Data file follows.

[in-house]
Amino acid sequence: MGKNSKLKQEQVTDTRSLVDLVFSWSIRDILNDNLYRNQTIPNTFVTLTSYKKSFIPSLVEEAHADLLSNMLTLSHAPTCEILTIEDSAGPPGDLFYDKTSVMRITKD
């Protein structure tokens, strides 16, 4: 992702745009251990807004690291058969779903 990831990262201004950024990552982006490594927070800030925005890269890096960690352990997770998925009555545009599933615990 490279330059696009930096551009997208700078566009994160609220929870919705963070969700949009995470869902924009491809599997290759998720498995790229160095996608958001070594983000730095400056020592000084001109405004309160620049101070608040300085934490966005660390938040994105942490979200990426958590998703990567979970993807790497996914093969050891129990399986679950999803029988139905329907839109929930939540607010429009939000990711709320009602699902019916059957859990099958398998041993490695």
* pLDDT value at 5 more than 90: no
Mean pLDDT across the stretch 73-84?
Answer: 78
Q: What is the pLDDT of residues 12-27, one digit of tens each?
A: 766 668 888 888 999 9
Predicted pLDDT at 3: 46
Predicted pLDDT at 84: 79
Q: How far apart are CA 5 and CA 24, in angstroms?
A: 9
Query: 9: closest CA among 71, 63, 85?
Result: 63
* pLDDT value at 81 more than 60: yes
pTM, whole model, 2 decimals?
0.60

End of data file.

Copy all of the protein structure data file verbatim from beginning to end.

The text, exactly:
[in-house]
Amino acid sequence: MGKNSKLKQEQVTDTRSLVDLVFSWSIRDILNDNLYRNQTIPNTFVTLTSYKKSFIPSLVEEAHADLLSNMLTLSHAPTCEILTIEDSAGPPGDLFYDKTSVMRITKD
């Protein structure tokens, strides 16, 4: 992702745009251990807004690291058969779903 990831990262201004950024990552982006490594927070800030925005890269890096960690352990997770998925009555545009599933615990 490279330059696009930096551009997208700078566009994160609220929870919705963070969700949009995470869902924009491809599997290759998720498995790229160095996608958001070594983000730095400056020592000084001109405004309160620049101070608040300085934490966005660390938040994105942490979200990426958590998703990567979970993807790497996914093969050891129990399986679950999803029988139905329907839109929930939540607010429009939000990711709320009602699902019916059957859990099958398998041993490695």
* pLDDT value at 5 more than 90: no
Mean pLDDT across the stretch 73-84?
Answer: 78
Q: What is the pLDDT of residues 12-27, one digit of tens each?
A: 766 668 888 888 999 9
Predicted pLDDT at 3: 46
Predicted pLDDT at 84: 79
Q: How far apart are CA 5 and CA 24, in angstroms?
A: 9
Query: 9: closest CA among 71, 63, 85?
Result: 63
* pLDDT value at 81 more than 60: yes
pTM, whole model, 2 decimals?
0.60